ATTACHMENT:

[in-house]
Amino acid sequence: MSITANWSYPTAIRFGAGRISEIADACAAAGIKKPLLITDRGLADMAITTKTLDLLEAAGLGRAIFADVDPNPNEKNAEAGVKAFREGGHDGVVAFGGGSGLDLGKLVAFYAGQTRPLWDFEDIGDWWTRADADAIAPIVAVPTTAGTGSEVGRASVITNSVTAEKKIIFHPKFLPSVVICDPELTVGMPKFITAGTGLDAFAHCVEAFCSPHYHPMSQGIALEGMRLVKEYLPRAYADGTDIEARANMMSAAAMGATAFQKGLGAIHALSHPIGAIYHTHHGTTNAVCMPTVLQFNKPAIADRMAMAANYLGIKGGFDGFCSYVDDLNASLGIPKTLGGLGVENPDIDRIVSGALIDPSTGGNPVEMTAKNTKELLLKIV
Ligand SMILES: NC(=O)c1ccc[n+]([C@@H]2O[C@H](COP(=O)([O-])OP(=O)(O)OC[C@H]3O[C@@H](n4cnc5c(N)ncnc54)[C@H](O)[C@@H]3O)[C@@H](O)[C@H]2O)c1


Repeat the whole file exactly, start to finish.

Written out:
[in-house]
Amino acid sequence: MSITANWSYPTAIRFGAGRISEIADACAAAGIKKPLLITDRGLADMAITTKTLDLLEAAGLGRAIFADVDPNPNEKNAEAGVKAFREGGHDGVVAFGGGSGLDLGKLVAFYAGQTRPLWDFEDIGDWWTRADADAIAPIVAVPTTAGTGSEVGRASVITNSVTAEKKIIFHPKFLPSVVICDPELTVGMPKFITAGTGLDAFAHCVEAFCSPHYHPMSQGIALEGMRLVKEYLPRAYADGTDIEARANMMSAAAMGATAFQKGLGAIHALSHPIGAIYHTHHGTTNAVCMPTVLQFNKPAIADRMAMAANYLGIKGGFDGFCSYVDDLNASLGIPKTLGGLGVENPDIDRIVSGALIDPSTGGNPVEMTAKNTKELLLKIV
Ligand SMILES: NC(=O)c1ccc[n+]([C@@H]2O[C@H](COP(=O)([O-])OP(=O)(O)OC[C@H]3O[C@@H](n4cnc5c(N)ncnc54)[C@H](O)[C@@H]3O)[C@@H](O)[C@H]2O)c1